For those who haven’t seen the Flying While Fat documentary animation yet, you can watch it below or find it on YouTube:
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For those who’ve been with me through the journey to launch, I wanted to write a little project wrap-up that details the process and the outcome.
What it is:
Flying While Fat is a 6 minute documentary animation that centers the voices of fat travellers as they explain their experiences of flying while fat. It is unscripted with all audio recorded from live interviews or read from transcripts of chat interviews. The ambient airport noises were recorded from my own travels.
The participants in the animation are deeply intelligent, eloquent, radically vulnerable and compassionate. I honestly can’t thank them enough for their honesty and their willingness to tell their stories.
How was it funded?:
Dr. Bethan Evans, Senior Lecturer in Human Geography at the University of Liverpool successfully funded a small grant based on our collaboration. This grant covered both the writing of a few academic journal articles (still in process) and partially funded the creation of the animation. I donated the majority of my time.
How long did it take?:
Research & Preliminary Analysis: 795 surveys, 28+ in-depth interviews. 6 months.
Finding the Narrative & Sound Editing: 80 hours.
Design and Animation: 420 hours (6 weeks, 7 days a week, 10 hours a day!)
Where did it launch?:
The animation premiered at the DADA Fest (Deaf and Disability Arts Festival) in Liverpool, also thanks to the collaboration with Dr. Bethan Evans and the University of Liverpool. Through this collaboration, the animation also exhibited at the Bluecoat Centre for Contemporary Arts and the Tate Gallery, Liverpool from November 19th through December 3rd, 2016. After its exhibitions, it launched online December 5th, 2016.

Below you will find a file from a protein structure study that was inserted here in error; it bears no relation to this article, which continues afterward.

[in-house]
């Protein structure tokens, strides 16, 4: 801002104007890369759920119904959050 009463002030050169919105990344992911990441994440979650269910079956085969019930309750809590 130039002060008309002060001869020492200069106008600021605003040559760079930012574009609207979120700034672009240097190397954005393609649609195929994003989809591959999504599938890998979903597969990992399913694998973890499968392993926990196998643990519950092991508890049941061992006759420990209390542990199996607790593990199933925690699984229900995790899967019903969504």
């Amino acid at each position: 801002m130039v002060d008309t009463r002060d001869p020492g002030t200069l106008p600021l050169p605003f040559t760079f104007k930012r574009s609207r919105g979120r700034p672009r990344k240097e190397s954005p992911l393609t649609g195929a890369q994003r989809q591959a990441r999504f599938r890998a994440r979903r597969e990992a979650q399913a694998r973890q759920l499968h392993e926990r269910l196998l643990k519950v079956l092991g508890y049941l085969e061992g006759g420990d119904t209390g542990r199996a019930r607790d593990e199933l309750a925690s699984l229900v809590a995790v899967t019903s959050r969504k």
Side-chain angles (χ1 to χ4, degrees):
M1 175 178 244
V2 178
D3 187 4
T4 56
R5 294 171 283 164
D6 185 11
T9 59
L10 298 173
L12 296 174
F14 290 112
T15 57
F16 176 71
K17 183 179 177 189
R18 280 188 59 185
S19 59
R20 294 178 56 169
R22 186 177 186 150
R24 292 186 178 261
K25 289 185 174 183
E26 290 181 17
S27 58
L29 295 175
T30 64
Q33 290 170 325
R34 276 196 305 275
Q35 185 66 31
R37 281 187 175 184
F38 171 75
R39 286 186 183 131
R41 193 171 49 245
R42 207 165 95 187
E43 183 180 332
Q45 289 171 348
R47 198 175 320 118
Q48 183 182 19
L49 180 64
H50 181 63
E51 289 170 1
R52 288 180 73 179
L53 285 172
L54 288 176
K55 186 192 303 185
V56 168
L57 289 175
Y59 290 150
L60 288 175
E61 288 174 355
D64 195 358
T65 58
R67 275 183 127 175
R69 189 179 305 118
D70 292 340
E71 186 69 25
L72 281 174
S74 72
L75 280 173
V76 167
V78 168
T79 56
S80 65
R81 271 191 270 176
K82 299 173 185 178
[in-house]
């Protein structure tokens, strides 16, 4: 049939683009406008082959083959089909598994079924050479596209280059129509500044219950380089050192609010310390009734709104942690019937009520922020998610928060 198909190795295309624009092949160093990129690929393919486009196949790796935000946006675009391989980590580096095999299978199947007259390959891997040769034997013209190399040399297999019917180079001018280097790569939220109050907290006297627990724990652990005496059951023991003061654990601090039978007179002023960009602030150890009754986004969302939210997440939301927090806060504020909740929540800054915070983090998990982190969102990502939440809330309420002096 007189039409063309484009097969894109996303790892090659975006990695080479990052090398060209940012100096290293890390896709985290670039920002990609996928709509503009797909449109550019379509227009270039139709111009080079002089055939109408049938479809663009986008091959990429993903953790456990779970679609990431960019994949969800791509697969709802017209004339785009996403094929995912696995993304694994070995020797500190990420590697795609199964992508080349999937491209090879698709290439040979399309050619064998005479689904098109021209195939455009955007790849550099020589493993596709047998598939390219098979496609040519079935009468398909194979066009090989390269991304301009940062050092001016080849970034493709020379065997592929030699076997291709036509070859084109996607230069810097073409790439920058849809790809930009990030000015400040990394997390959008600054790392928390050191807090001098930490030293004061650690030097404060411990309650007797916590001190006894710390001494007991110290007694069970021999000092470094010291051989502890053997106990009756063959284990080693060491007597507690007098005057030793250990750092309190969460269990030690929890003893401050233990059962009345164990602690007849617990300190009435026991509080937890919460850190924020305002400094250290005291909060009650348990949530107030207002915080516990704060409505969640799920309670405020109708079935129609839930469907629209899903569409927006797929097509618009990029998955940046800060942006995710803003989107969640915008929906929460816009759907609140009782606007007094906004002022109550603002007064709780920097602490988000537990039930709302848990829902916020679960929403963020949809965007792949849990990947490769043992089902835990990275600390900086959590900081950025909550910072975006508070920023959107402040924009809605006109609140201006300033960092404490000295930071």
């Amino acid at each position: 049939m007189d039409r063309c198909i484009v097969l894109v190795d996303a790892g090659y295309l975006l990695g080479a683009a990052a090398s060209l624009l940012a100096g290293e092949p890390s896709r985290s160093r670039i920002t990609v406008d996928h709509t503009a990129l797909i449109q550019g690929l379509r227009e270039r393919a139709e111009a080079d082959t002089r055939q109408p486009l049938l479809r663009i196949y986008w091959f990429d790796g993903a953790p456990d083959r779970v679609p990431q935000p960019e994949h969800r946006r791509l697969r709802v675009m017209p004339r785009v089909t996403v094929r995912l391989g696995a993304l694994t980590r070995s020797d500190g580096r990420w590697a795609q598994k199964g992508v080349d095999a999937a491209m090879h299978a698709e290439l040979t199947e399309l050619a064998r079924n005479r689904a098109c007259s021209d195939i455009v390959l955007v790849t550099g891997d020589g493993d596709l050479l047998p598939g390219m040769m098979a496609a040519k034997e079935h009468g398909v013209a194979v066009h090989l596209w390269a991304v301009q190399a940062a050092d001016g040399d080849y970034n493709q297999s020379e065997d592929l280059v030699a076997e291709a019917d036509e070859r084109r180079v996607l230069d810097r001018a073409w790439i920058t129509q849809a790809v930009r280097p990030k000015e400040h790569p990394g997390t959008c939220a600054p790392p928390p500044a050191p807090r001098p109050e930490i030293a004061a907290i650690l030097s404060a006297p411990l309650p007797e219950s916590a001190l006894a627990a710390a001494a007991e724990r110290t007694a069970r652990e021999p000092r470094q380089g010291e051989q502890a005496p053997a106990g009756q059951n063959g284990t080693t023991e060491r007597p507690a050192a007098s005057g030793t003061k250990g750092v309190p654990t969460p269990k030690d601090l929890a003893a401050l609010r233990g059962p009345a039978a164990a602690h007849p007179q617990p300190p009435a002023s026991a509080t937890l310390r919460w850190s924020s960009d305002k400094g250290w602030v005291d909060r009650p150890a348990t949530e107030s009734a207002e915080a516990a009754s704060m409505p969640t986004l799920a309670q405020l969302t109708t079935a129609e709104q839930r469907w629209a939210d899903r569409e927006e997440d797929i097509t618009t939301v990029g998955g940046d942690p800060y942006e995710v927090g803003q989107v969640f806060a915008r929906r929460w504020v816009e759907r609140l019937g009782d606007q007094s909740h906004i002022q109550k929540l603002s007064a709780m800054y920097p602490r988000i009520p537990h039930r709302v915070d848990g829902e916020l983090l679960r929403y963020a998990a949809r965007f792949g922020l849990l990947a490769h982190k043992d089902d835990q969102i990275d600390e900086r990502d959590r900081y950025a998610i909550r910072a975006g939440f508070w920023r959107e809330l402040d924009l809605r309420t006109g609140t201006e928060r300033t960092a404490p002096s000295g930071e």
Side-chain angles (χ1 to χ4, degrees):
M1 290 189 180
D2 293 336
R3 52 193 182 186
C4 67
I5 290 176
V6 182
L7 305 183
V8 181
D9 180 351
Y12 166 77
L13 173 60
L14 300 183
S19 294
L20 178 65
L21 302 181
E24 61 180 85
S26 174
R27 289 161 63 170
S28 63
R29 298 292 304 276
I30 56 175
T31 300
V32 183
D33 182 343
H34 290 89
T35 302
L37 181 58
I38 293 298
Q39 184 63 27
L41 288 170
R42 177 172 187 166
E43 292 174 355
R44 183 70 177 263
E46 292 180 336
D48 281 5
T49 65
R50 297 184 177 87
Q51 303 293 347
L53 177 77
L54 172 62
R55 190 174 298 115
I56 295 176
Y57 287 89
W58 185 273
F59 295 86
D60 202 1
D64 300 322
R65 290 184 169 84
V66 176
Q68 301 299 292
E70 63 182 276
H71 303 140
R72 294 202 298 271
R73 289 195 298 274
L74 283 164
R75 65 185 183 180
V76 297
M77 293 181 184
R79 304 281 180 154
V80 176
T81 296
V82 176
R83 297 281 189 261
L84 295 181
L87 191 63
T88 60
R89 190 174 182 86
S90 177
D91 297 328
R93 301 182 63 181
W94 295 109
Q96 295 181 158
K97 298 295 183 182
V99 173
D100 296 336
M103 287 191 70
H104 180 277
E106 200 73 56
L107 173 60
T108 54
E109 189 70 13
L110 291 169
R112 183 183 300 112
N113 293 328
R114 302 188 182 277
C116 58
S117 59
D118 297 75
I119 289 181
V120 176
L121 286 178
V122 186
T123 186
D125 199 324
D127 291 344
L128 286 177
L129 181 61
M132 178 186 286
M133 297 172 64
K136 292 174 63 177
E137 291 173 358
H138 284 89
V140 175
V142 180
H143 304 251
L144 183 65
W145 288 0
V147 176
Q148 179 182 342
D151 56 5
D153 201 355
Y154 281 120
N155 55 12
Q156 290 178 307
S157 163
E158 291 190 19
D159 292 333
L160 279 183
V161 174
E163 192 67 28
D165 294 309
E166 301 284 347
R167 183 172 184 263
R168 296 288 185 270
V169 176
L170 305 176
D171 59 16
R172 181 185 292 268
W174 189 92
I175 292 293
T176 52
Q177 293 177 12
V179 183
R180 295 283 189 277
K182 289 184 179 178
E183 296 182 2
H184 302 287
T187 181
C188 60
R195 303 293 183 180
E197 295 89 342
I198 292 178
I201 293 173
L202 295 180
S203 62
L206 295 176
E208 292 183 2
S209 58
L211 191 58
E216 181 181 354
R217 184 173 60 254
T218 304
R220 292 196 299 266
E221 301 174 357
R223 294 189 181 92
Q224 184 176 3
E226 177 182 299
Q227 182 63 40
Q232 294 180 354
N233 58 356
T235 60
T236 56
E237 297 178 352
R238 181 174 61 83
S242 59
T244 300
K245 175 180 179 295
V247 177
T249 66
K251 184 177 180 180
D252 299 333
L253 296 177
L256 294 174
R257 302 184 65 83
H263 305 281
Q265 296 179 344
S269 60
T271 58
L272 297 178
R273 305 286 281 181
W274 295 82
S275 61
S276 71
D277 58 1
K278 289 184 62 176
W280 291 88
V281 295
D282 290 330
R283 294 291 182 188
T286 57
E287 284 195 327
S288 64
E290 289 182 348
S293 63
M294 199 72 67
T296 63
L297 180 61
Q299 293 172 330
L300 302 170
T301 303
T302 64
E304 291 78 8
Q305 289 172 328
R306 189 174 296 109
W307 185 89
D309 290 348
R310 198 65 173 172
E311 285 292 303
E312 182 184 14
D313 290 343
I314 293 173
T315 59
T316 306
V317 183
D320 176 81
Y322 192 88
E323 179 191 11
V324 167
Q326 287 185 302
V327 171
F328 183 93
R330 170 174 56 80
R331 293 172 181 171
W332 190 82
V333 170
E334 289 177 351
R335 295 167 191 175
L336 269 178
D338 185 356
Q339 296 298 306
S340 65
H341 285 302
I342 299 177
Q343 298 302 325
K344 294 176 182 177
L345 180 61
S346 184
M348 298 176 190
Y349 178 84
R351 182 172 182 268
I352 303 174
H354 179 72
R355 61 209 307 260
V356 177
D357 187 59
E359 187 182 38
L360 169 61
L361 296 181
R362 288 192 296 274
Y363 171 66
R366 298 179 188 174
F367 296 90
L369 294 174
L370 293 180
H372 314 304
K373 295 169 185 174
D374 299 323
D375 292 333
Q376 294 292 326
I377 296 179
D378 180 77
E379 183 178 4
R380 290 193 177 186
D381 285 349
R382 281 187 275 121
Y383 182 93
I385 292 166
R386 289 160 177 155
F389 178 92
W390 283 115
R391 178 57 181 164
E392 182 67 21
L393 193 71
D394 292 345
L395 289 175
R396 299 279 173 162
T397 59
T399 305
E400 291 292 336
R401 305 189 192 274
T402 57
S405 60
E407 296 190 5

How was it received?:
The press coverage for the Flying While Fat animation was unprecedented in my experience. It featured in People, Today.Com, Cosmopolitan, AJ+, Buzzfeed, Mashable, Upworthy, ATTN:, the Daily Mail, BBC Radio and on the Matador Network. It was even shared by George Takei! (Be still my nerdy queer heart!) The overall coverage placed the topic in front of an estimated two million readers within the first two weeks with 230,000 direct views on my YouTube and a further 550,000 views via AJ+’s summary video before the end of December. It also generated over 50,000 social shares on Facebook alone.
The most surprising bit about the coverage for me (aside from the sheer amount of it) was the fact that all of it was positive. Every single story that came out was rooted in compassion for fat travellers.
The response from fat folks and feminist allies has been overwhelmingly positive and I’ve received lovely emails full of stories about how folks felt seen and heard while listening my participants tell their stories. For this reason alone, I consider the animation a resounding success and would just as soon leave it there. But there’s another side, of course.
The response from folks outside fat positivity has been as mixed as one might expect. Anytime you deal with the topic of fatness in the public eye, the trolls come out in force. That said, I’ve had surprisingly few hate mails considering the breadth of the coverage (although admitting that might doom me to more) and I’ve had more than double the number of sweet responses. And while I’ve largely avoided comment threads for my own wellbeing, I’ve had a little skim and there are certainly no surprises in the criticisms. There’s the persistent, juvenile hatred of all fat people that wilfully refuses empathy. There’s idea that fatness is always elective and changeable and therefore exempt from compassion. And there’s the resistance to the idea that fairness doesn’t always look like equality.
We’ve not really started a new conversation here but we’ve contributed to it in a meaningful way and I hope made some ripples that will continue to challenge fat stigma in the realm of travel. As one participant in the animation says “That’s a long far off goal. That’s a deep psychological cultural change goal. That takes time. That takes generations.” In the meantime, we keep telling our stories and we keep hoping folks will listen with open minds and hearts!
This animation has been a massive undertaking and a true joy, albeit overwhelming at times! I love doing this work and I am so deeply honoured to have been entrusted with these stories. I look forward to more work like this in the future!